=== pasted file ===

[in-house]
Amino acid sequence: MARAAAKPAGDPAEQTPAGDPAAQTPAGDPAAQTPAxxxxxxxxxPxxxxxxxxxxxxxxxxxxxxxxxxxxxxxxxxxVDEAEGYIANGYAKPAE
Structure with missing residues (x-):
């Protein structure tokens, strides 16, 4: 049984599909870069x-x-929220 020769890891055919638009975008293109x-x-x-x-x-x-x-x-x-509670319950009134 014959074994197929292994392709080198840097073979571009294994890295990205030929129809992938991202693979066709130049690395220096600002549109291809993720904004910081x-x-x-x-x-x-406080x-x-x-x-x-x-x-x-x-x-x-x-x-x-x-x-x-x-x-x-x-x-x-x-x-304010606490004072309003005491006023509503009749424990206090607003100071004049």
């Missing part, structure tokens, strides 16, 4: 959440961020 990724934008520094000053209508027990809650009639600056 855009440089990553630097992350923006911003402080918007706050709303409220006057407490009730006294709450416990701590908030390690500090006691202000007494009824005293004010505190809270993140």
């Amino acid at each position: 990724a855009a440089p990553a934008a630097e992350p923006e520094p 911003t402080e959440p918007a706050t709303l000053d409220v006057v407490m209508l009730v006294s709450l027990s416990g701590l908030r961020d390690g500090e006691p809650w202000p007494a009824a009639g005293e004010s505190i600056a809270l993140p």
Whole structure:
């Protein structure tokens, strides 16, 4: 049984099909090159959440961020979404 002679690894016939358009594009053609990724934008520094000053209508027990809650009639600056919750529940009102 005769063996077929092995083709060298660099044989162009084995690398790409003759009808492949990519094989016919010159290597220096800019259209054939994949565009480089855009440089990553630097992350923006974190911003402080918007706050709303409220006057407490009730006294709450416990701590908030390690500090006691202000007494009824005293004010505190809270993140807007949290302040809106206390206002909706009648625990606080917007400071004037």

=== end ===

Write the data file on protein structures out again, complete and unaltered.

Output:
[in-house]
Amino acid sequence: MARAAAKPAGDPAEQTPAGDPAAQTPAGDPAAQTPAxxxxxxxxxPxxxxxxxxxxxxxxxxxxxxxxxxxxxxxxxxxVDEAEGYIANGYAKPAE
Structure with missing residues (x-):
């Protein structure tokens, strides 16, 4: 049984599909870069x-x-929220 020769890891055919638009975008293109x-x-x-x-x-x-x-x-x-509670319950009134 014959074994197929292994392709080198840097073979571009294994890295990205030929129809992938991202693979066709130049690395220096600002549109291809993720904004910081x-x-x-x-x-x-406080x-x-x-x-x-x-x-x-x-x-x-x-x-x-x-x-x-x-x-x-x-x-x-x-x-304010606490004072309003005491006023509503009749424990206090607003100071004049």
């Missing part, structure tokens, strides 16, 4: 959440961020 990724934008520094000053209508027990809650009639600056 855009440089990553630097992350923006911003402080918007706050709303409220006057407490009730006294709450416990701590908030390690500090006691202000007494009824005293004010505190809270993140």
């Amino acid at each position: 990724a855009a440089p990553a934008a630097e992350p923006e520094p 911003t402080e959440p918007a706050t709303l000053d409220v006057v407490m209508l009730v006294s709450l027990s416990g701590l908030r961020d390690g500090e006691p809650w202000p007494a009824a009639g005293e004010s505190i600056a809270l993140p």
Whole structure:
């Protein structure tokens, strides 16, 4: 049984099909090159959440961020979404 002679690894016939358009594009053609990724934008520094000053209508027990809650009639600056919750529940009102 005769063996077929092995083709060298660099044989162009084995690398790409003759009808492949990519094989016919010159290597220096800019259209054939994949565009480089855009440089990553630097992350923006974190911003402080918007706050709303409220006057407490009730006294709450416990701590908030390690500090006691202000007494009824005293004010505190809270993140807007949290302040809106206390206002909706009648625990606080917007400071004037």